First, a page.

CASE STUDY #2
Vendor requirements were enhanced and expanded to make this project even more secure.
By Tom Inglesby
St. Charles, Mo., is the place where the Lewis & Clark Expedition started its trek in 1804, and it served as the first capitol of the new state of Missouri from 1821 to 1826. But being right on the river has its problems. In 1993, due to continuous heavy rains, the Missouri River was above flood stage for 94 days at St. Charles, leading to tremendous damage throughout the region.
One area of concern in high-rise building is meeting strict seismic codes. As recently as 1968, an earthquake centered in southern Illinois with a magnitude 5.5 shock caused damage in St. Charles and nearby St. Louis. The potential for earthquakes and the sometimes unpredictable weather along the river make St. Charles and the St. Louis area in general a challenging place for builders.
When the Ameristar Casino in St. Charles planned to expand with an upscale, 400-room hotel, the lead architect, PGAV in Kansas City, Mo., added an exterior wall consultant, Heitmann and Associates from St. Louis, to the team to assure the plans would prevent future problems.
Geoff Hart, project director for Heitkamp Masonry, the MCAA member company in Ellisville, Mo., that did the work, recalls the project. “It was a massive masonry job: a 26-story high-rise with a large footprint, almost 300 X 100 feet, utilizing approximately 600,000 utility-size bricks and approximately 75,000 square feet of glass fiber reinforced concrete.
“Due to seismic requirements that the building had to be able to move one inch in each direction, at every building corner we couldn’t use brick or pre-cast because it was too heavy,” Hart says. “We had to use glass-fiber reinforced concrete, which had an expansion joint on either side of the building corner. This was two foot each direction by nine-foot-four tall, and at the ends of each two foot section, you had a 3/4-inch expansion joint and a two-inch expansion joint running the height of the building.”
At every vertical nine-foot, four-inch point, there is a relief angle that needs to be flashed. The flashing called out was Hohmann & Barnard’s Flex Flash, a 40-mil, self-adhering membrane.
“In each case, at the top there was a stainless-steel termination bar that was attached to the structure of the building with screws and then caulked,” he says. “Then the flashing ran down on top of the relief angles, so the relief angle had to be primed and sealed with a bead of caulk. A three-inch-deep piece of stainless-steel drip edge was installed on the horizontal portion of the angle with caulk. The Flex-Flash flashing was then installed on top of the drip edge and sealed with a bead of caulk. So, there was extensive use of a Dow Corning caulk on this project as well.”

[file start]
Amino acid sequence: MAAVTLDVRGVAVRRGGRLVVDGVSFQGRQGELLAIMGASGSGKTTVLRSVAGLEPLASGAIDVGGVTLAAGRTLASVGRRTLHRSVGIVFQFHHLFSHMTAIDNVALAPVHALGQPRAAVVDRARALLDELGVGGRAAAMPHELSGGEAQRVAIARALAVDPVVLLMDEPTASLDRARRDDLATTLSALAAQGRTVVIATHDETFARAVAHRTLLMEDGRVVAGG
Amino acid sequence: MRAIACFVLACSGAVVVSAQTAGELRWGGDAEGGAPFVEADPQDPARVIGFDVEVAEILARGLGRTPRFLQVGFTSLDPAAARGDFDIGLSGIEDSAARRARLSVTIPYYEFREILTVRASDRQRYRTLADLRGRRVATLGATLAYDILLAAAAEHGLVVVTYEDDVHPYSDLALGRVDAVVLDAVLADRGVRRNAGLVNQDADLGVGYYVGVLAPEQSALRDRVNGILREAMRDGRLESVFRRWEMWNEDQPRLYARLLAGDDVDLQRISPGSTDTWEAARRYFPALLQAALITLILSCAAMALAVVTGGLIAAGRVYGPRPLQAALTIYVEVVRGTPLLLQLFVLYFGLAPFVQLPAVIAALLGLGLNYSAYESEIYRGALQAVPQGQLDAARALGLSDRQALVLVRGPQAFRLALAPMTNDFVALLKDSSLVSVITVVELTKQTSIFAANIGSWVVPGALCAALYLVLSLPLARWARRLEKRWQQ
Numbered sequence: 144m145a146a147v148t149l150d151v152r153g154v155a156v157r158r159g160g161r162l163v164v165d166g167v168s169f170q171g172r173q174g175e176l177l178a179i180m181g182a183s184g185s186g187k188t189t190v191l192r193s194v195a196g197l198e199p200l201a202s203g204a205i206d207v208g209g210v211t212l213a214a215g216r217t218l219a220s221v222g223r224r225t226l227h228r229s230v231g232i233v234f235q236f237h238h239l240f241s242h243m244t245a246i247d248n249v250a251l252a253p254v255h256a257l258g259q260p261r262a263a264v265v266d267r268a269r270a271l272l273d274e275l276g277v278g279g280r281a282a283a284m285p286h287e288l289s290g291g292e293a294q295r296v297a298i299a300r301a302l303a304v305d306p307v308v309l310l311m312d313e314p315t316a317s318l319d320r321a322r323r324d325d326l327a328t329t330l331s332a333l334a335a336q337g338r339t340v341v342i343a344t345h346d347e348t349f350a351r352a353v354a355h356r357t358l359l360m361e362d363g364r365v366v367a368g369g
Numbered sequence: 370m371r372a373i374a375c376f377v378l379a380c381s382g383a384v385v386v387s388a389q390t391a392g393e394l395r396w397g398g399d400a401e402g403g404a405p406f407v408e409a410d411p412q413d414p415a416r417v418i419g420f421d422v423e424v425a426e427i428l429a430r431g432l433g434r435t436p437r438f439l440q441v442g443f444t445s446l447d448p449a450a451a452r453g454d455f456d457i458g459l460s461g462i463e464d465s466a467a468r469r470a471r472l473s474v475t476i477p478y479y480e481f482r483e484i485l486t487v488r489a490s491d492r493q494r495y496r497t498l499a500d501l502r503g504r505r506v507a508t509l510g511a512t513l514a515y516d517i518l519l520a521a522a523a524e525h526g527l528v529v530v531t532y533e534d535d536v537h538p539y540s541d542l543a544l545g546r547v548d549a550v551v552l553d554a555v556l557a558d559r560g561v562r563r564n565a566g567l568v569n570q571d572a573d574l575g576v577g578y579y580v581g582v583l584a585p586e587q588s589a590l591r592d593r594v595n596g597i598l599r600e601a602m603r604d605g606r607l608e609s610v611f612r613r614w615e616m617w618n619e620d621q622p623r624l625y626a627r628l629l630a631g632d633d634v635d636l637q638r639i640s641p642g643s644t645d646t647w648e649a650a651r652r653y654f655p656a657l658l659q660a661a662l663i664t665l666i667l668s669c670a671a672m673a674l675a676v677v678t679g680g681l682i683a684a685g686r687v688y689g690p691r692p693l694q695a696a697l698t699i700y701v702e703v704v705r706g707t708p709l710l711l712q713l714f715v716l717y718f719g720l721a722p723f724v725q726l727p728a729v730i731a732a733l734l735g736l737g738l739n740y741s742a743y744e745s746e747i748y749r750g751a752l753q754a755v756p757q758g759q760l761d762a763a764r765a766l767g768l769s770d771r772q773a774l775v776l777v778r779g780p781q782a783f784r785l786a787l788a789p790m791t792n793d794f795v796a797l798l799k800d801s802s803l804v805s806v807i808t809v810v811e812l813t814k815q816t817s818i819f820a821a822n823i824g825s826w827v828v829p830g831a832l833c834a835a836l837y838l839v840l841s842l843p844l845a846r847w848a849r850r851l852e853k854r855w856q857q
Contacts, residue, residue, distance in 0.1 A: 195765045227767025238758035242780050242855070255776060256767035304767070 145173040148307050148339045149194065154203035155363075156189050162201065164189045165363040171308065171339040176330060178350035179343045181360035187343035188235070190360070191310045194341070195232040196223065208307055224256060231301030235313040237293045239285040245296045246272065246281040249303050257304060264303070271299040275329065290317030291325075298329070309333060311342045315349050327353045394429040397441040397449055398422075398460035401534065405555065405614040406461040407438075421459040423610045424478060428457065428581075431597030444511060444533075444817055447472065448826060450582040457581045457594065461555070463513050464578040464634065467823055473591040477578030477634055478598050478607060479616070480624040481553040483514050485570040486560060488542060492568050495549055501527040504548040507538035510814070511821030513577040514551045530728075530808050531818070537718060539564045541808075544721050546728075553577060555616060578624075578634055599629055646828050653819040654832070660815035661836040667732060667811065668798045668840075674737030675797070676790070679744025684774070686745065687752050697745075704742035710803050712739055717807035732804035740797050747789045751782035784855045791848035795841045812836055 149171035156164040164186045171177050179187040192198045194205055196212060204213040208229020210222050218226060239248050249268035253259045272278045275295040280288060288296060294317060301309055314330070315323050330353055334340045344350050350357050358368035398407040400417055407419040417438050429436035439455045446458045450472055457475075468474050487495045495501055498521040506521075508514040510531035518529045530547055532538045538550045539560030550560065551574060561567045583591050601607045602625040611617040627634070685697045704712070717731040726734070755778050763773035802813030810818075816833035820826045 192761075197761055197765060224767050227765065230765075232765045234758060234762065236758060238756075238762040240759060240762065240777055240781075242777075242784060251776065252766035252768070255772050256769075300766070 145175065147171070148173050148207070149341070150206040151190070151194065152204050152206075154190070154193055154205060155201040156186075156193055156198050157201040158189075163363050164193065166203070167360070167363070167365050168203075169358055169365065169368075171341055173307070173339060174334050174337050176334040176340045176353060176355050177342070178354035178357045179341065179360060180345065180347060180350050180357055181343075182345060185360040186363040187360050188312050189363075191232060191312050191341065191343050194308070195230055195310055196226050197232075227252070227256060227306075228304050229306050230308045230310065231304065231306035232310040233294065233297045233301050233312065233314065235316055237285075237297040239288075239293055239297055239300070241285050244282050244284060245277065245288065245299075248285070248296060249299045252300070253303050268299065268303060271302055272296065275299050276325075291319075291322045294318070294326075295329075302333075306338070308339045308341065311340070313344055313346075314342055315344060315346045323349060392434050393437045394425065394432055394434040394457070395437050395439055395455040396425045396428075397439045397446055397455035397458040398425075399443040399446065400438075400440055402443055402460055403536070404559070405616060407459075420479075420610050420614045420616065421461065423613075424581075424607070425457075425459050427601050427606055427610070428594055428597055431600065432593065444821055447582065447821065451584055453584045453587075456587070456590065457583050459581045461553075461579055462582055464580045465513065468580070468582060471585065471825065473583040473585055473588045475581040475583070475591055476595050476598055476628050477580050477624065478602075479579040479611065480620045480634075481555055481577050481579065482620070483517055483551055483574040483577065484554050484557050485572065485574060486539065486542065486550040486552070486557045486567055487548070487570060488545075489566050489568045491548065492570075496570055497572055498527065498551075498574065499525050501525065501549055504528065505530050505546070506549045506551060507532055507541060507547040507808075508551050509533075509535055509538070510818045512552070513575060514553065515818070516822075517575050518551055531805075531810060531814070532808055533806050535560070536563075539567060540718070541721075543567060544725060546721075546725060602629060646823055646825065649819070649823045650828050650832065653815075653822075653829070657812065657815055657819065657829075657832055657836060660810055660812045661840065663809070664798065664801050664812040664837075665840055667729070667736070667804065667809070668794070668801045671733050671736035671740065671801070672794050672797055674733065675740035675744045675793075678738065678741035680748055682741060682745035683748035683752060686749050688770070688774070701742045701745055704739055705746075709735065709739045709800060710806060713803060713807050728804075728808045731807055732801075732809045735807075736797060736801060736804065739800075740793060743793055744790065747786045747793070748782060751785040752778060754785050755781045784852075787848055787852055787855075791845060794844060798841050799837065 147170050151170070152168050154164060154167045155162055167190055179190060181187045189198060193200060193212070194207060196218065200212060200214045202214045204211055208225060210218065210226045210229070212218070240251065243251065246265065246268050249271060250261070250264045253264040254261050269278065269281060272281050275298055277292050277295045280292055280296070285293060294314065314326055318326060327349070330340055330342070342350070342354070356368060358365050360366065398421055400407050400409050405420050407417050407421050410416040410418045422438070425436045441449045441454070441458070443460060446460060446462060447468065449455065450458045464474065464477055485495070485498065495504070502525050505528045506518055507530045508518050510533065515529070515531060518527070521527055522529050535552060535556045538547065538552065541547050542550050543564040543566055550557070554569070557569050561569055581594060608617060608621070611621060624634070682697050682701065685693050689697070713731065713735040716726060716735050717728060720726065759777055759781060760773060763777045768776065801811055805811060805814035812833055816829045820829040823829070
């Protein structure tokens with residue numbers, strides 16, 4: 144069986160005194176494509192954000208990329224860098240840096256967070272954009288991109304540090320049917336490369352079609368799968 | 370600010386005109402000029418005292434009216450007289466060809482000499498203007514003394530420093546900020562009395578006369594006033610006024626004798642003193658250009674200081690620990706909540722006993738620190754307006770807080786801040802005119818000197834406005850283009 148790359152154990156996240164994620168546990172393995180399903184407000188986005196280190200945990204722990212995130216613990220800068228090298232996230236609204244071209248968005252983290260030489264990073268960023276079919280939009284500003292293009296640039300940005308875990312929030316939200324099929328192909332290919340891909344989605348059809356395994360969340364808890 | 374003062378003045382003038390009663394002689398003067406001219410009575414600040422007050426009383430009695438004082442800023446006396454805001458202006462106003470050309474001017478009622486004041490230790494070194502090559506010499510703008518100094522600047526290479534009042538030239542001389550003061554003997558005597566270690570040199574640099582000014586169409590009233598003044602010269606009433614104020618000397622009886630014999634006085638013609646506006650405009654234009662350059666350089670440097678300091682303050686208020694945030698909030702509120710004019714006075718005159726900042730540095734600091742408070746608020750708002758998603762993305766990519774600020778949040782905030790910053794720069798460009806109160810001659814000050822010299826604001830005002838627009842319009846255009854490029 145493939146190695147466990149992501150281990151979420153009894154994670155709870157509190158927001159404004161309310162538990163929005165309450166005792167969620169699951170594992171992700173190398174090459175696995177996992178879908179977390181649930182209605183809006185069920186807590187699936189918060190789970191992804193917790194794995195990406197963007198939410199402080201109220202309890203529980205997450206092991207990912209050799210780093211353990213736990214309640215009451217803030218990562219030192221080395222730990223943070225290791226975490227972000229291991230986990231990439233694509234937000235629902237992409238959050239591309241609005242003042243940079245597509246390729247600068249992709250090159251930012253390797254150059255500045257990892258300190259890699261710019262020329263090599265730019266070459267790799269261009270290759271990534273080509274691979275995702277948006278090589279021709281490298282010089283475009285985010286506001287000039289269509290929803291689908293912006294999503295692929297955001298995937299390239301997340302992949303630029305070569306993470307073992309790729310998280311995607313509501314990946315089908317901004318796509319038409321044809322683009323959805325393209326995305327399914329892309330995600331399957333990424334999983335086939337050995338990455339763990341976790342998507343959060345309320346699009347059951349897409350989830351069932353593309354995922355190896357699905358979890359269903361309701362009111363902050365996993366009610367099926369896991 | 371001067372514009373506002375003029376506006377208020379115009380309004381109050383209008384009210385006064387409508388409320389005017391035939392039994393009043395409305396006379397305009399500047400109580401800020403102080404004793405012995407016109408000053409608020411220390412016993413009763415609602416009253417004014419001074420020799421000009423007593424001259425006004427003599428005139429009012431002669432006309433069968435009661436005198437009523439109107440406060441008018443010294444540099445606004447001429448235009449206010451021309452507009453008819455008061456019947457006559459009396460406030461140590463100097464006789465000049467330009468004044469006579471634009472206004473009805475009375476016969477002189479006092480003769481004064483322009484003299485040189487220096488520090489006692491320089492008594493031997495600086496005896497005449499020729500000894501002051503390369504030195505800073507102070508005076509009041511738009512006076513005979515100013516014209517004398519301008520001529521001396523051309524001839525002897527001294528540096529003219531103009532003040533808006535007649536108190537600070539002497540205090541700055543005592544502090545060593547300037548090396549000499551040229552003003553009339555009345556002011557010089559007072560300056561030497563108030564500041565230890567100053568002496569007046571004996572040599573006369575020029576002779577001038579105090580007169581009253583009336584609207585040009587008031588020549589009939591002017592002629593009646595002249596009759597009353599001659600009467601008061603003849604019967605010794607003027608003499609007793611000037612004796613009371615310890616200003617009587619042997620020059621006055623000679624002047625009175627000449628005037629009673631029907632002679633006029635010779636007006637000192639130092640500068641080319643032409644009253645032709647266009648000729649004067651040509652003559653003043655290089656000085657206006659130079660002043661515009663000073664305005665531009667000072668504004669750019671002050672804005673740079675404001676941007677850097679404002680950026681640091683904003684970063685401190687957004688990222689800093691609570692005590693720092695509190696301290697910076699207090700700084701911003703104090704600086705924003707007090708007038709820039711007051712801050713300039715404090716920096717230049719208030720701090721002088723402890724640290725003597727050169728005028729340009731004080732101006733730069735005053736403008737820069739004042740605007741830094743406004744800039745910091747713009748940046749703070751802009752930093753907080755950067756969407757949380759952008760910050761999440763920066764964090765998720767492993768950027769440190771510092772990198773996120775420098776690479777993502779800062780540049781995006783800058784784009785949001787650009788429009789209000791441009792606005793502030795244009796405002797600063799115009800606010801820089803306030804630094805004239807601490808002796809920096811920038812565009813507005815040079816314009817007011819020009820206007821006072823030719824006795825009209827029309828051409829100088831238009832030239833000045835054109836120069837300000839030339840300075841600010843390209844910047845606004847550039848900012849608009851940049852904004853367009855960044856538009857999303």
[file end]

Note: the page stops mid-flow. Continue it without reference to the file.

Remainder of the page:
Heitkamp had crews dedicated to putting down flashing. “The flashing had to be there before we could put the brick down,” says Hart. “We had two crews of three bricklayers, and all they did was install flashing ahead of us. Then, after the flashing was down, we videotaped both the installation and the finished product before we laid a brick down.”
Hart suggests other contractors faced with similar expanded requirements follow some precautions. “First, be sure you fully understand the installation methods required by the architect, consultants and owners. Second, document very carefully the installation procedures, so if the building should get water in it, you are assured that you’re work, or lack of work, was not the cause of any leaking in the building.
“Third, insist on pre-testing the system,” he continues. “That was something we insisted on, and the engineer really liked the suggestion that this flashing system get thoroughly tested, both for water penetration and what might happen in the event of a seismic occurrence. With the pretest, you’re assured that, if the system passes, it will perform in the event of a catastrophic seismic event or any massive rain.”
Finally, get the material vendor to help. Hohmann and Barnard provided on-site help for Hart’s crews. “We had them come out twice to review our installation methods and critique them to ensure we were doing it per the manufacturer’s suggested methods,” he says. “They, in turn, wrote a formal report to the general contractor and the owner saying that we were above and beyond compliance.”
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